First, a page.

Bill said...

Scott,

How likely do you think it is that the rating agencies will downgrade US debt or that China will pull its money out of the US?

Scott Grannis said...

Very unlikely.

alstry said...

Scott,

What percentage of S&P revenues are simply based on government payments....entitlement and otherwise.

For example, what percentage of WalMart's sales comes from the 40,000,000 food stamp recipients, the 16,000,000 unemployment recipients, the drug sales to medicare and medicaid recipients plus other government based spend????

Do you think that the market may be beginning to factor that the days of massive deficits may be coming to an end and discounting those revenues to the S&P????

With Obama in office....it doesn't seem likely as Fed Ex supports improvement on the margin.....

Scott Grannis said...

alstry: if the days of massive deficits were coming to an end, and especially if that involved serious reductions in government transfer payments, that would be about the most bullish thing for the markets that I could hope for.

alstry said...

I agree....it would be great for the nation if we operated off of a balanced budget.

But if we stopped handing out 40,000,000 food stamps every month....wouldn't there be 40,000,000 million people standing in food lines that the private sector would have to feed.?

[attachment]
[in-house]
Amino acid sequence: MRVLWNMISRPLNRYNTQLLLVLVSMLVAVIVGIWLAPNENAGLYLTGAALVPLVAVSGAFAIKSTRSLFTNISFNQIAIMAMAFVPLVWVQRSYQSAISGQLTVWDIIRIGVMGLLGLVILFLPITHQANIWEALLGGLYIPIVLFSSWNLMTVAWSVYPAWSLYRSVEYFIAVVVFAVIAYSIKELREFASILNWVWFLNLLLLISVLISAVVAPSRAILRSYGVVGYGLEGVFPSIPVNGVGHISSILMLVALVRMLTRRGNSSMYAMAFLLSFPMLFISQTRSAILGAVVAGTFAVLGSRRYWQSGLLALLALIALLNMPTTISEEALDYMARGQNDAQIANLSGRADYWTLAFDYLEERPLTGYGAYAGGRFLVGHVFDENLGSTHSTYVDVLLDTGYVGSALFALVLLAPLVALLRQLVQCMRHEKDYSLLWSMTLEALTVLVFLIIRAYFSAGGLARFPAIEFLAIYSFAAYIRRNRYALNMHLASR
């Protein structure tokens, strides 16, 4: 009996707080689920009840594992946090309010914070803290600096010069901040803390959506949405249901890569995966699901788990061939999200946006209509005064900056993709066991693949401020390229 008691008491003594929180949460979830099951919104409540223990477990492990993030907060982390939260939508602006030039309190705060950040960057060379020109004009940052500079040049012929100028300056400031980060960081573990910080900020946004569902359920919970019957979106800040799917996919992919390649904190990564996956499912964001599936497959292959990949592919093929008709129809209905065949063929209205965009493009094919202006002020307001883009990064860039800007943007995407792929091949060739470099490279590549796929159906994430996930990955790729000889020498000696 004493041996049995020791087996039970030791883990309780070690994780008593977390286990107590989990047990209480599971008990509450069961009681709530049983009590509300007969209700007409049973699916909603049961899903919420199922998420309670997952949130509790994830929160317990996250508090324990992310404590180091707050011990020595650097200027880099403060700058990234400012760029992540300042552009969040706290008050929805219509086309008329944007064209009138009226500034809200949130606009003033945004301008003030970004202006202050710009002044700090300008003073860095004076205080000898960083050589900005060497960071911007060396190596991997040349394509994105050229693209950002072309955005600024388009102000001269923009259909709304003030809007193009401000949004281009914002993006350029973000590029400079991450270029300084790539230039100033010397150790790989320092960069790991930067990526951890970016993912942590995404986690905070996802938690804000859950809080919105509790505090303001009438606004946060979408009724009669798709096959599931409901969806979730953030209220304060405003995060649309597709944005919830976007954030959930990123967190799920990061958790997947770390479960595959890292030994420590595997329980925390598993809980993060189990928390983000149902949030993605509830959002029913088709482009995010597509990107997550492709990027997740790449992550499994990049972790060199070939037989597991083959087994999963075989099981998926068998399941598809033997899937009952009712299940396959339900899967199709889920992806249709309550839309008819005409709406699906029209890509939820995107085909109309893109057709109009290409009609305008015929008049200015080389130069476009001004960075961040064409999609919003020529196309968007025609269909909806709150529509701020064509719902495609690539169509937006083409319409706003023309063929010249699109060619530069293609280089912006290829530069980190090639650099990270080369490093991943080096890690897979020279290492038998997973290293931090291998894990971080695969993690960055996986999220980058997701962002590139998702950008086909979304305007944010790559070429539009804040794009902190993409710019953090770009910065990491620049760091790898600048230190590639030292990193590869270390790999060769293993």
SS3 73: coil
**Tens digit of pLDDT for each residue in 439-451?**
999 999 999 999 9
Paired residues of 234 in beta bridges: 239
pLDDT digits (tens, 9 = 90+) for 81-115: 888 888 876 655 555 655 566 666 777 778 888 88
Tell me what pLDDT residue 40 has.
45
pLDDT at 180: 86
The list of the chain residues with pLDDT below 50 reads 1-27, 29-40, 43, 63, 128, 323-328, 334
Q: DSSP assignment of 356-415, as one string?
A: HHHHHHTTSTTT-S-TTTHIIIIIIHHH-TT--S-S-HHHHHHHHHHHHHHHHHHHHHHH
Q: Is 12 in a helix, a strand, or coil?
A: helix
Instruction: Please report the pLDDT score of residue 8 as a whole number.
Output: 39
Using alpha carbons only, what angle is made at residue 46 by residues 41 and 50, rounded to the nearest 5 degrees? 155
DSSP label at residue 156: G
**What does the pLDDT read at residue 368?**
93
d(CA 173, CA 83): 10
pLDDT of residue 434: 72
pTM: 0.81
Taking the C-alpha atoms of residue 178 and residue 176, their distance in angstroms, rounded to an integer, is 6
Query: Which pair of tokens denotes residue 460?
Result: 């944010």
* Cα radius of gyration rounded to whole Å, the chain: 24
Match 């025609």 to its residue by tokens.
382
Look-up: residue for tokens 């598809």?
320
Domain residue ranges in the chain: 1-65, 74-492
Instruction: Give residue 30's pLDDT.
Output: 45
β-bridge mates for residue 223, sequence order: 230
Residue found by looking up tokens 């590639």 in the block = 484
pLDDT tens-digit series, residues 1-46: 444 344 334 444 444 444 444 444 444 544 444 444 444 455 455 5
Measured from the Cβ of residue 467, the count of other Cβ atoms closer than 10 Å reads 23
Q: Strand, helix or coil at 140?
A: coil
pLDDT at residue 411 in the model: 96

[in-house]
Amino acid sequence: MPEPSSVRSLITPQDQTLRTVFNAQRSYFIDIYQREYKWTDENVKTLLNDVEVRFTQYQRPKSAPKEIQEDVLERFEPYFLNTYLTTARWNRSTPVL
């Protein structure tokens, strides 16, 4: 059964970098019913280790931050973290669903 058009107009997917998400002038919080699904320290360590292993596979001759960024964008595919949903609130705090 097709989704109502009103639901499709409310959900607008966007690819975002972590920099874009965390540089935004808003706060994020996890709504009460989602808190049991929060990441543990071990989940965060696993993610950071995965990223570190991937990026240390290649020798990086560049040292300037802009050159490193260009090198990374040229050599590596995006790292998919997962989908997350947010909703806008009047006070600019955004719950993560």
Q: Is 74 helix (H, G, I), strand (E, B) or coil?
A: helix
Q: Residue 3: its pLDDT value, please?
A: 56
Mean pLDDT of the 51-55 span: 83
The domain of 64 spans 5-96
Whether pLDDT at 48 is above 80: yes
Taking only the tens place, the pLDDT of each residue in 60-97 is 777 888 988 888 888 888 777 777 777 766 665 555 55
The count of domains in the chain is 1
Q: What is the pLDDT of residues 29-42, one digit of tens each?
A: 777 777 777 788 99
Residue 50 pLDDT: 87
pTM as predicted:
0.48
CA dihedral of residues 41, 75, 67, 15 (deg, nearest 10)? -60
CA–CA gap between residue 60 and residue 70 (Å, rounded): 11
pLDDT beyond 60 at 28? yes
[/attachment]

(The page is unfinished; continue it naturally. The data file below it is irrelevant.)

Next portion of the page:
In your opinion, what would be the reduction in GDP from the government cutting $1.4 Trillion of deficit spending factoring the multiplier effect from the deficit spending in the stream of sales?

Daniel said...

Government spending as a percentage of GDP

Year Spend(Billions) %

2008 $14165.6 37.40
2009 $14240.2 45.34
2010 $14728.8 42.11

Daniel said...

Year GDP-US Welfare-total
1994 7072.2 234.25
1995 7397.7 247.23
1996 7816.9 247.44
1997 8304.3 249.35
1998 8679.66 244.16
1999 9201.14 253.88
2000 9749.1 267.66
2001 10058.2 290.16
2002 10398.4 320.34
2003 10886.2 390.56
2004 11607 380.28
2005 12339 404.04
2006 13090.8 411.39
2007 13715.7 414.86
2008 14165.6 477.25
2009 14240.2 562.67
2010 14728.8 590.41
2011 15499.8 584.44